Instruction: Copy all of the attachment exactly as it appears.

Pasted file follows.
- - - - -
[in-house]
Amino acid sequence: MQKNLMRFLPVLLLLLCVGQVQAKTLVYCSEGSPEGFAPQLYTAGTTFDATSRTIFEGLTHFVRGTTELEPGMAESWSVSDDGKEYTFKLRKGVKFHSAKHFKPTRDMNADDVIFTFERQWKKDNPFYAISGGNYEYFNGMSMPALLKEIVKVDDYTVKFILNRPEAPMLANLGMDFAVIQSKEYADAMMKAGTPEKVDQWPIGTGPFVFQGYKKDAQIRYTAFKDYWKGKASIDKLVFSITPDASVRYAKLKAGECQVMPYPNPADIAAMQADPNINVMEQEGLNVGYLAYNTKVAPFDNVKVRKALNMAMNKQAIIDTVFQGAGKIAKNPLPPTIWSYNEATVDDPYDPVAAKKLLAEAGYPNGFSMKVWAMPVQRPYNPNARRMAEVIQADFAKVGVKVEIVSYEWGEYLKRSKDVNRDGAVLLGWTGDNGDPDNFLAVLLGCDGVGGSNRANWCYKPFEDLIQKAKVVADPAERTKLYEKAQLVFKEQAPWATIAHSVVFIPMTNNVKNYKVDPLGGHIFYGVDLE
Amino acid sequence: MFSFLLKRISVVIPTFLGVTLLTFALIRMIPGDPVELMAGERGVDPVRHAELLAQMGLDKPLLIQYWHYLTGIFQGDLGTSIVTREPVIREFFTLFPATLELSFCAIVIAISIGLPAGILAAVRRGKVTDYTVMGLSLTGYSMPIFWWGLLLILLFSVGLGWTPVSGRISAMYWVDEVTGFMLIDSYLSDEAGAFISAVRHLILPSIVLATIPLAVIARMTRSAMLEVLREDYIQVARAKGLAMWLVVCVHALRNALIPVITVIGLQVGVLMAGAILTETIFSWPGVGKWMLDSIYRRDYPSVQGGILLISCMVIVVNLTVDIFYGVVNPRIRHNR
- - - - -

[in-house]
Amino acid sequence: MQKNLMRFLPVLLLLLCVGQVQAKTLVYCSEGSPEGFAPQLYTAGTTFDATSRTIFEGLTHFVRGTTELEPGMAESWSVSDDGKEYTFKLRKGVKFHSAKHFKPTRDMNADDVIFTFERQWKKDNPFYAISGGNYEYFNGMSMPALLKEIVKVDDYTVKFILNRPEAPMLANLGMDFAVIQSKEYADAMMKAGTPEKVDQWPIGTGPFVFQGYKKDAQIRYTAFKDYWKGKASIDKLVFSITPDASVRYAKLKAGECQVMPYPNPADIAAMQADPNINVMEQEGLNVGYLAYNTKVAPFDNVKVRKALNMAMNKQAIIDTVFQGAGKIAKNPLPPTIWSYNEATVDDPYDPVAAKKLLAEAGYPNGFSMKVWAMPVQRPYNPNARRMAEVIQADFAKVGVKVEIVSYEWGEYLKRSKDVNRDGAVLLGWTGDNGDPDNFLAVLLGCDGVGGSNRANWCYKPFEDLIQKAKVVADPAERTKLYEKAQLVFKEQAPWATIAHSVVFIPMTNNVKNYKVDPLGGHIFYGVDLE
Amino acid sequence: MFSFLLKRISVVIPTFLGVTLLTFALIRMIPGDPVELMAGERGVDPVRHAELLAQMGLDKPLLIQYWHYLTGIFQGDLGTSIVTREPVIREFFTLFPATLELSFCAIVIAISIGLPAGILAAVRRGKVTDYTVMGLSLTGYSMPIFWWGLLLILLFSVGLGWTPVSGRISAMYWVDEVTGFMLIDSYLSDEAGAFISAVRHLILPSIVLATIPLAVIARMTRSAMLEVLREDYIQVARAKGLAMWLVVCVHALRNALIPVITVIGLQVGVLMAGAILTETIFSWPGVGKWMLDSIYRRDYPSVQGGILLISCMVIVVNLTVDIFYGVVNPRIRHNR